Campaign, the second film directed by Tony Sutorius, won sellout screenings at the 1999 NZ Film Festival. The documentary chronicled an early MMP election campaign. Sutorius went on to make another feature-length documentary, this time about trade unionist Helen Kelly. Sutorius runs Porirua company Unreal Films, whose diet of educational films encompasses numerous elections across Australasia.
Geoff Dixon began making commercials in the 70s — the decade he launched legendary ad company Silverscreen Productions, whose clients included Cadbury, Toyota, Air New Zealand and Singapore Airlines. Ranging across New Zealand and beyond, his work includes iconic images of South Island back roads, Barry Crump crashing utes through the bush, and Michael Hurst singing a war cry for the Kiwi bloke.
Brit-born Helena McAlpine moved to NZ in her 20s. Soon she was DJing on The Edge and being headhunted by C4, where she became one of the music channel’s main hosts. After discovering she had breast cancer, she got busy on a large bucket list, including cameoing on Shortland Street, campaigning for the Breast Cancer Foundation, and flying a plane once again. McAlpine died on 23 September 2015.
Tama Poata's wide-ranging contributions to our culture can be glimpsed through his appearances on-screen: from campaigns for Māori land rights (in 1975 doco Te Matakite O Aotearoa) and against the Springbok tour (Patu!), to his many acting roles. He also directed documentaries and wrote landmark 1987 movie Ngati, the first feature written (and directed) by Māori.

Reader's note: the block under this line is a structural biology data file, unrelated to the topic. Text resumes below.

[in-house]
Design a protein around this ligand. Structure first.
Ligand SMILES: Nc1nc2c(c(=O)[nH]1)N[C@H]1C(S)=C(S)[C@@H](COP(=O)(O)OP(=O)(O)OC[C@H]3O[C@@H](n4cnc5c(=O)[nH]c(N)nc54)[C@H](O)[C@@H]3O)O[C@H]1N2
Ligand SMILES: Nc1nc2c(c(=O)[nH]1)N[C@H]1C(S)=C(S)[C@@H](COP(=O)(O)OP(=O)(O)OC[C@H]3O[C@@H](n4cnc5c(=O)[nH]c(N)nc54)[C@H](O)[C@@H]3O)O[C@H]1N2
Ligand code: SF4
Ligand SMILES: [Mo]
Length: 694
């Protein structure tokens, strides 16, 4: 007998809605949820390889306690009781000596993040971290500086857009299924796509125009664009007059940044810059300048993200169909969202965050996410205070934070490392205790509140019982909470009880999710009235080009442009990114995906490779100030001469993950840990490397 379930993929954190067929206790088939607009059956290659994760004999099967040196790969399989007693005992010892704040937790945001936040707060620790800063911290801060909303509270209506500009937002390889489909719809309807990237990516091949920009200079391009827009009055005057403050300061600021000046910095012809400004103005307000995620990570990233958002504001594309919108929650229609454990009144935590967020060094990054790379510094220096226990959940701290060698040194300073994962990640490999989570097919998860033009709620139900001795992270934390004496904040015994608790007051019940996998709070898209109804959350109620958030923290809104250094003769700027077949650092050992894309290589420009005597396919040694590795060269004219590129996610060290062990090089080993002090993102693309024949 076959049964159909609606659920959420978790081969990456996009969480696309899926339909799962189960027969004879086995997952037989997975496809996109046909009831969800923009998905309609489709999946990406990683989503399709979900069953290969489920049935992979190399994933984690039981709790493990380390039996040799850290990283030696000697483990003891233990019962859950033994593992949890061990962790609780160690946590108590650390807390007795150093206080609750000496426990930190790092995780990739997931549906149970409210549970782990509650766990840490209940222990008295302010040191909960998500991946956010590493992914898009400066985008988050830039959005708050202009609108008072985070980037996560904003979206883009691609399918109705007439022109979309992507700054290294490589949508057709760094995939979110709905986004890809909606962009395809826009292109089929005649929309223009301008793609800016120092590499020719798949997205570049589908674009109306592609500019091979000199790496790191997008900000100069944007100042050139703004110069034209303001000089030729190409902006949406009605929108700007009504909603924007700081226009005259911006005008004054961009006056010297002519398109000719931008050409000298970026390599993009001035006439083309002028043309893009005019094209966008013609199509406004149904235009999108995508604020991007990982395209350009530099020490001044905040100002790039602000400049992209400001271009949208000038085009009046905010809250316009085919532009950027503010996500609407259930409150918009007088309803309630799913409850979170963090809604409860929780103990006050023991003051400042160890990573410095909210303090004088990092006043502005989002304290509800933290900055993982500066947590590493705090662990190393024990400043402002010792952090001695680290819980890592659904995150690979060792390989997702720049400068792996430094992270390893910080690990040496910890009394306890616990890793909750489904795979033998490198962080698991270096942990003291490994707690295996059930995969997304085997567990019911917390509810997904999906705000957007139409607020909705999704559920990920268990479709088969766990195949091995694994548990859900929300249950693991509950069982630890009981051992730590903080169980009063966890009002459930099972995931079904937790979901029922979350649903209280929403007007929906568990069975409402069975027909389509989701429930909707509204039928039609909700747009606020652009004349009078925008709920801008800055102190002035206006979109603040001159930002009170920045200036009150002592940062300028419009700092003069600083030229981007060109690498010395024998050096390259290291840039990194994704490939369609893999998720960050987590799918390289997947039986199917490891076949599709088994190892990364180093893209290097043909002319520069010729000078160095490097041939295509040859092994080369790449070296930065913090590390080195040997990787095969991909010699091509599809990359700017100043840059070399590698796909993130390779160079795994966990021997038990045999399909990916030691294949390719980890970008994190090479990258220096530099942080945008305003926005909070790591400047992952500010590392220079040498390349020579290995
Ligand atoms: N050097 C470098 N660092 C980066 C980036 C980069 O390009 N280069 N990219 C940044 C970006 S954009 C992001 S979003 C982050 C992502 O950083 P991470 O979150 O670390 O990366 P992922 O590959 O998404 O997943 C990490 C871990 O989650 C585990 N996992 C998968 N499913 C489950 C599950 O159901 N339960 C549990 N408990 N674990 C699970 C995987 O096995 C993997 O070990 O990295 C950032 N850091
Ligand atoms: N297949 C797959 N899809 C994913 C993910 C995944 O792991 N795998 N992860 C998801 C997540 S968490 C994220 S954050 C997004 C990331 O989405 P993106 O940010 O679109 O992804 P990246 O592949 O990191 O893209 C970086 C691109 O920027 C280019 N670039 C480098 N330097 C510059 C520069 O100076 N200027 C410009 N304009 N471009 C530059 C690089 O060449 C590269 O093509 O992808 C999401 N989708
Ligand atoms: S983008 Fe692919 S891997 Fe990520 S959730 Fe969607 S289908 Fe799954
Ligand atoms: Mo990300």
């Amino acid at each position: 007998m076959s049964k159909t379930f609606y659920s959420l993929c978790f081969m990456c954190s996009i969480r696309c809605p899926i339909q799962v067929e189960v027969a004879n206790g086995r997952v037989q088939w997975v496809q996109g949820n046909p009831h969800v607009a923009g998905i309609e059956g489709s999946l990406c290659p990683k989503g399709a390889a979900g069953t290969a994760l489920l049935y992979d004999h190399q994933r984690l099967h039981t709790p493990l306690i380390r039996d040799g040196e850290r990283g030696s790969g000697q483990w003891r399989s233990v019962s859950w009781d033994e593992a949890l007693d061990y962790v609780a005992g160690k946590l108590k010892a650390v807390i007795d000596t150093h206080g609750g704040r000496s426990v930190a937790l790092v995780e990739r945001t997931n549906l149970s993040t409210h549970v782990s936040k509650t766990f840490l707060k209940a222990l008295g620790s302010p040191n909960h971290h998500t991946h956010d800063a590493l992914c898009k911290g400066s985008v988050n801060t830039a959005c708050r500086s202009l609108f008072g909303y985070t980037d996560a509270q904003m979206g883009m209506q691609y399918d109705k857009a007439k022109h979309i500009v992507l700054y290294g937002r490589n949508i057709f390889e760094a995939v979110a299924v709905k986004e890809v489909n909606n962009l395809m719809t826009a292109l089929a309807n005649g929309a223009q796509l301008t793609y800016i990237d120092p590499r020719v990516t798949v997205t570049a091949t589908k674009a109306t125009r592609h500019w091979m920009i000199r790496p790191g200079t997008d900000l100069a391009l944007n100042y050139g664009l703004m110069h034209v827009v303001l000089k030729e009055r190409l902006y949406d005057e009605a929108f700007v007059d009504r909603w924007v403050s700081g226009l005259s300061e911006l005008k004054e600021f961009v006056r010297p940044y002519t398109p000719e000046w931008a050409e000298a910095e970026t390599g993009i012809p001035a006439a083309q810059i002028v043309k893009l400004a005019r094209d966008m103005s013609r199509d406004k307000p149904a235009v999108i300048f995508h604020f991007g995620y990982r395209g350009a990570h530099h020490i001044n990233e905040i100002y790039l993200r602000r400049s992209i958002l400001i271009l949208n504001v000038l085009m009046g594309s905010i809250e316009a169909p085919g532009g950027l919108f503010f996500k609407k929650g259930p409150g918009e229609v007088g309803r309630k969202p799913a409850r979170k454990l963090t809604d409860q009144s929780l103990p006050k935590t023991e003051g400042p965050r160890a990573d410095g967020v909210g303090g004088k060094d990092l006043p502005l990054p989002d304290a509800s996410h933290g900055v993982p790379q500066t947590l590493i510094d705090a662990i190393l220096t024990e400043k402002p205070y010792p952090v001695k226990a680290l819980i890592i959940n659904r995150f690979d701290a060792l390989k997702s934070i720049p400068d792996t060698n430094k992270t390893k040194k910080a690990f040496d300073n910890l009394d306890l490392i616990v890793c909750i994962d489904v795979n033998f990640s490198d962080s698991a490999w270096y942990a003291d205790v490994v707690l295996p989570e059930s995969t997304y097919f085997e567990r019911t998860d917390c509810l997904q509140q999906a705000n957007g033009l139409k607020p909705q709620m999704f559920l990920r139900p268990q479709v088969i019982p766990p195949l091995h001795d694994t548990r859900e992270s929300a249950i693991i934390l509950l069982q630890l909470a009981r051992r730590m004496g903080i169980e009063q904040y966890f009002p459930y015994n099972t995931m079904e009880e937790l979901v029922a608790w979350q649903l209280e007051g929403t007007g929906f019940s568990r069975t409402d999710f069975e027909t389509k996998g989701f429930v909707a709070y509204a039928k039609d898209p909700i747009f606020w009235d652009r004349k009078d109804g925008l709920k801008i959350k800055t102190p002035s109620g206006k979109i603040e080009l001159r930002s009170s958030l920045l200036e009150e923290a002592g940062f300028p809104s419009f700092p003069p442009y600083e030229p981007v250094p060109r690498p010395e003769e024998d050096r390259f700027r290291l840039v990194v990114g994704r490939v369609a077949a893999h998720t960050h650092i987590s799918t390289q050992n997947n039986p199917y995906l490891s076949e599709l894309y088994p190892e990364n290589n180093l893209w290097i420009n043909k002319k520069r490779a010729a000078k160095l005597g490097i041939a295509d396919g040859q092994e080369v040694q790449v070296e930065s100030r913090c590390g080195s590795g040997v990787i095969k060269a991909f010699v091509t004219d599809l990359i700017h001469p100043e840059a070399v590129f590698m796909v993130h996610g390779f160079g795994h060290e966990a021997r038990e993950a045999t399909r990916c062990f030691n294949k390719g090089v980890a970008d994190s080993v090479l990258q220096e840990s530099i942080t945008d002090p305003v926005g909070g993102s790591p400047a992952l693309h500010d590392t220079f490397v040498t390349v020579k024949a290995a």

An ideas man who campaigned for a Government film body, Stanhope Andrews would become the National Film Unit's first manager. Andrews commanded the Unit for a decade. Along the way he oversaw dramatic expansion, set up regular newsreel Weekly Review, and opened the door to filmmakers of both genders.
Wayne Tourell is a prime contender for having the longest CV of any director in local television. Tourell began as an actor and presenter. The multiple Feltex award-winner has gone on to direct documentaries (Landmarks, Moriori), drink driving campaigns, teen movie Bonjour Timothy — not to mention episodes of Mortimer’s Patch, Shortland Street, Gloss and his beloved legal drama Hanlon.
Pat Cox has been bringing television commercials to the screen since the 1970s. As a producer, he was instrumental in turning longrunning comic strip Footrot Flats into an animated feature. Footrot Flats: A Dog's Tale went on to become the most successful New Zealand feature of the 1980s.
Peter Blake introduced more local content to popular music shows Ready to Roll and Radio with Pictures at a time when covers of overseas songs were the norm. The longtime musician began in television via 1970s music programme; Grunt Machine, and ended up in charge of a stable of shows. He has also composed music for everything from TV One's nightly News theme to drama Shark in the Park.
Toby Mills began as an actor (eg. short films Mananui and The Find). After managing theatre company Te Rakau Hua o te Wa o Tapu, he took up directing, and in 2000 was awarded for series Nga Morehu, which profiled Māori elders. Mills works often with his partner Moana Maniapoto; together they have won awards for docos on Syd Jackson and carver Pakaariki Harrison. Mills also helmed te reo short Te Po Uriuri.
Alister Barry has been making intelligent and provocative documentaries for more than three decades. Barry's films reflect his longtime interest in how power is exercised in a democracy, and how the decisions of the powerful impact on ordinary people's lives.